Prosecution Rests In Fortenberry Trial

Rep. Jeff Fortenberry (R-Neb.). Photo: Bill Clark/CQ-Roll Call, Inc via Getty Images

Los Angeles, CA (March 23, 2022)  (KOLN) The prosecution rested in the federal case against Congressman Jeff Fortenberry after presenting evidence for four and a half days. The prosecution presented evidence they believe shows the congressman lied to the FBI about $30,000 in illegal campaign contributions made to his campaign using foreign money and straw donors.

The defense now has the case, but before they took over, lead defense attorney John Littrell asked the judge to acquit Fortenberry on all charges. Littrell said the prosecution didn’t meet their burden of proof in the case and that California continues to be an inappropriate venue. This is standard practice for defense attorneys but the judge denied it, saying the jury will be the ones to decide.

Before the defense took over, defense attorney Ryan Fraser cross-examined the prosecution’s last witness, FBI Special Agent Edward Choe.

Fraser brought up three key issues with Choe: First, Fortenberry’s memory and the agent’s experience interviewing people whose memory may not be crystal clear. Fraser asked Choe if it’s possible Fortenberry could have mis-remembered the pivotal phone call with Dr. Ayoub in the nine and 13 months between the phone call and his two interviews. Fraser pointed out that the FBI and U.S. Attorneys had the chance to review the recording and transcript of the phone call, but Fortenberry could only go off memory.

The prosecution repeatedly objected to topics related to memory and the judge took their side. On this same topic, Fraser requested a final ruling on whether or not they can call a memory expert, but the judge wouldn’t answer immediately.

The second issue Fraser brought up is an FBI document used to request permission to interview the Congressman ahead of the Nebraska interview in March 2019. In it, Fraser pointed out that the agent who authored it said agents would seek to indict Fortenberry on charges including misprision of felony and conduit contributions, and potentially lying to the FBI. Fraser asked Choe if the agents intended to indict Fortenberry before even talking to the Congressman, based on the charges listed in the document.

Choe denied their intent to indict Fortenberry before the interview. In re-direct, Assistant U.S. Attorney Susan Harr had Choe clarify that it is standard practice to list potential charges that could arise from an interview as that is the purpose of a criminal investigation.

Congressman Fortenberry’s campaign spokesperson sent out a statement on this issue: “The California prosecutors’ own statements highlight the aggressive, deceitful practices they used to set up Congressman Fortenberry. FBI agents used false pretenses to gain approval to interview Fortenberry in his home. Agents created a memo saying they intended to indict him for specific crimes to justify their request to interview him and then never actually charged him with those crimes once the interview was over.”

The third major issue Fraser brought up with Choe’s testimony was the Congressman’s statements on the phone call with Dr. Ayoub. Fraser said Fortenberry did mention the phone call and his concerns during the July 2019 interview with the FBI. He said Fortenberry said he had concerns about statements related to Gilbert Chagoury’s potential involvement in a future fundraiser and took action on that by not holding any future fundraisers.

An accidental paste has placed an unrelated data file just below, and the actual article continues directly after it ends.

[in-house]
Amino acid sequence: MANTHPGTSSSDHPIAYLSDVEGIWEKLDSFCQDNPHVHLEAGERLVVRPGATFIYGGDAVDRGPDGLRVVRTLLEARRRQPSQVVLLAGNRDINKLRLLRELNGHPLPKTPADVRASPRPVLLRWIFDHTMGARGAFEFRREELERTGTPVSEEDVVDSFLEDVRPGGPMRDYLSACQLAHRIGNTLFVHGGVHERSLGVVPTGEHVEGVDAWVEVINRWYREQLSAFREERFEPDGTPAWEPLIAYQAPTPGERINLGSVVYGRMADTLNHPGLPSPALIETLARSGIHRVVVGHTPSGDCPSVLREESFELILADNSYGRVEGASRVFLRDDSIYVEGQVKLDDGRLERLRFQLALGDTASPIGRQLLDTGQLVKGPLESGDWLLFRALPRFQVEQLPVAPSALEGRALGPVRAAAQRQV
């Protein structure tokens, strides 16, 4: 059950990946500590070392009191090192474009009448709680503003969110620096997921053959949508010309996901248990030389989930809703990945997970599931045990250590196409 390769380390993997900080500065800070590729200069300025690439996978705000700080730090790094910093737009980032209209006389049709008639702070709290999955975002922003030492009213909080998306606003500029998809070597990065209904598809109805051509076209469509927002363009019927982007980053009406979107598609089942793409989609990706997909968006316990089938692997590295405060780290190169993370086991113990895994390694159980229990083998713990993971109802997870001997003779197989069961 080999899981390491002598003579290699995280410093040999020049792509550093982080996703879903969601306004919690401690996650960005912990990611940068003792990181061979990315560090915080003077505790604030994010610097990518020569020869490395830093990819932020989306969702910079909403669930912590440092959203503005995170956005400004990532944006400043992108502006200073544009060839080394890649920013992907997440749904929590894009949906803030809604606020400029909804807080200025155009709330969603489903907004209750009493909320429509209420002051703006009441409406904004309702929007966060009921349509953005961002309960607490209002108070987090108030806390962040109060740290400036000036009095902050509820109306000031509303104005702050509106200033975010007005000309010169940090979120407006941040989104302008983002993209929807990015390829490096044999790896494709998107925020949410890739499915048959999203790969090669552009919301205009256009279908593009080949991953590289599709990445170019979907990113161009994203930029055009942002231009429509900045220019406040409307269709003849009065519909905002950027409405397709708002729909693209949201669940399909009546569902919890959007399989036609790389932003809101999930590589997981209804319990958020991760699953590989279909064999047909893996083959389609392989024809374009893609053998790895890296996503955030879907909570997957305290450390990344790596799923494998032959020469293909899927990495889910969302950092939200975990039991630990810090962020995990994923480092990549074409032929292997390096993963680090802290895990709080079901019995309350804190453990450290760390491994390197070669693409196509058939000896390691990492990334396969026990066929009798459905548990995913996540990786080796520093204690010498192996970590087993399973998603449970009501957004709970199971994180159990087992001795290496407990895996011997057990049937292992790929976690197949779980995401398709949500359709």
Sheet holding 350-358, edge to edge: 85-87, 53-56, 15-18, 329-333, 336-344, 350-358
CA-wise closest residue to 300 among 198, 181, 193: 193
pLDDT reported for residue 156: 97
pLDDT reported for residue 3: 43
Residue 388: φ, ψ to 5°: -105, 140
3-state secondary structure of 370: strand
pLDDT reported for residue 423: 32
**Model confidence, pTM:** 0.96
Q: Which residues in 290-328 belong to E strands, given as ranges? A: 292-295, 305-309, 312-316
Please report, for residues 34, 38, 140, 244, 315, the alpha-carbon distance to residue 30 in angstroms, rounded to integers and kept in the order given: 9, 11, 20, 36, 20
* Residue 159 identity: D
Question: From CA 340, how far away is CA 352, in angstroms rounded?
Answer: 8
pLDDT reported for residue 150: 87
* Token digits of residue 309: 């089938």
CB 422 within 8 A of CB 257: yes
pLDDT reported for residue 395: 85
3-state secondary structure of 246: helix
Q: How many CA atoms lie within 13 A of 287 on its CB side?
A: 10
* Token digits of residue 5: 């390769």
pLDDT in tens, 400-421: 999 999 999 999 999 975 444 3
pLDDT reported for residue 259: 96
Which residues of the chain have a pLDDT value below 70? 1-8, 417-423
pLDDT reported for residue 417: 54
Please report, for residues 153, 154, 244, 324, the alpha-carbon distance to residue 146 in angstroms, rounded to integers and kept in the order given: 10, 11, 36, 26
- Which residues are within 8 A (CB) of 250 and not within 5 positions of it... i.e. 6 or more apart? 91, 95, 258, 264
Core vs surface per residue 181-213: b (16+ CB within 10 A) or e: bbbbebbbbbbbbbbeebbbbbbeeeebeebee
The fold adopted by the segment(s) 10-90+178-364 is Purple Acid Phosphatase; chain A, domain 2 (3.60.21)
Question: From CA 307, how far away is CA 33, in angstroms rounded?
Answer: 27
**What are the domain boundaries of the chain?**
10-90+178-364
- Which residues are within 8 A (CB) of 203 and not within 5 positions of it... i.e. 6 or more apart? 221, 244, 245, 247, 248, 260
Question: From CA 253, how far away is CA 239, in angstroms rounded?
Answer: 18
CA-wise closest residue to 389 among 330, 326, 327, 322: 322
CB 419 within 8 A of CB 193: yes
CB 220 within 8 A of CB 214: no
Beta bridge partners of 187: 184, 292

Before resting, prosecutor Harr played the audio from that interview, where after mentioning he had concerns, Fortenberry again denied knowledge of illicit campaign contributions.

The defense has started calling witnesses. Their first witness is California Congresswoman Anna Eshoo who worked with Fortenberry on legislation related to the protection of religious minorities in the Middle East dating back to 2014.

While the defense hasn’t provided a witness list, potential witnesses they could call include Fortenberry’s wife Celeste, former Lincoln Police Chief Jeff Bliemeister and one of Fortenberry’s lawyers Trey Gowdy. We expect many witnesses to testify regarding Fortenberry’s character.

The defense did call one character witness out of order Tuesday due to her travel plans. It was a former intern for Fortenberry, Nibras Basitkey a Yazidi from Northern Iraq. In her testimony she said she worked with Fortenberry as an outreach coordinator for the Yazidi religion. She said she “wanted to grow up to be like him one day.”

The judge has said he will allow specific testimony about instances where the Congressman has been truthful. Because of this, the prosecution wanted to introduce an example where they believe the congressman was untruthful, a letter sent to the clerk of the House of Representatives on March 15. In the letter, Fortenberry requests to vote by proxy for two weeks due to an “ongoing public health emergency” when in reality, he’s in court.

Littrell said this is “boiler plate” language used by all representatives requesting to vote by proxy right now, but Buxton said it’s misleading. The judge said he would not allow this to be used an example because he believes they would need a lot more background information.

Fortenberry is charged with one count of scheming to falsify or conceal material facts and two counts of making a false statement to a government agency. Each felony charge comes with a maximum penalty of five years.

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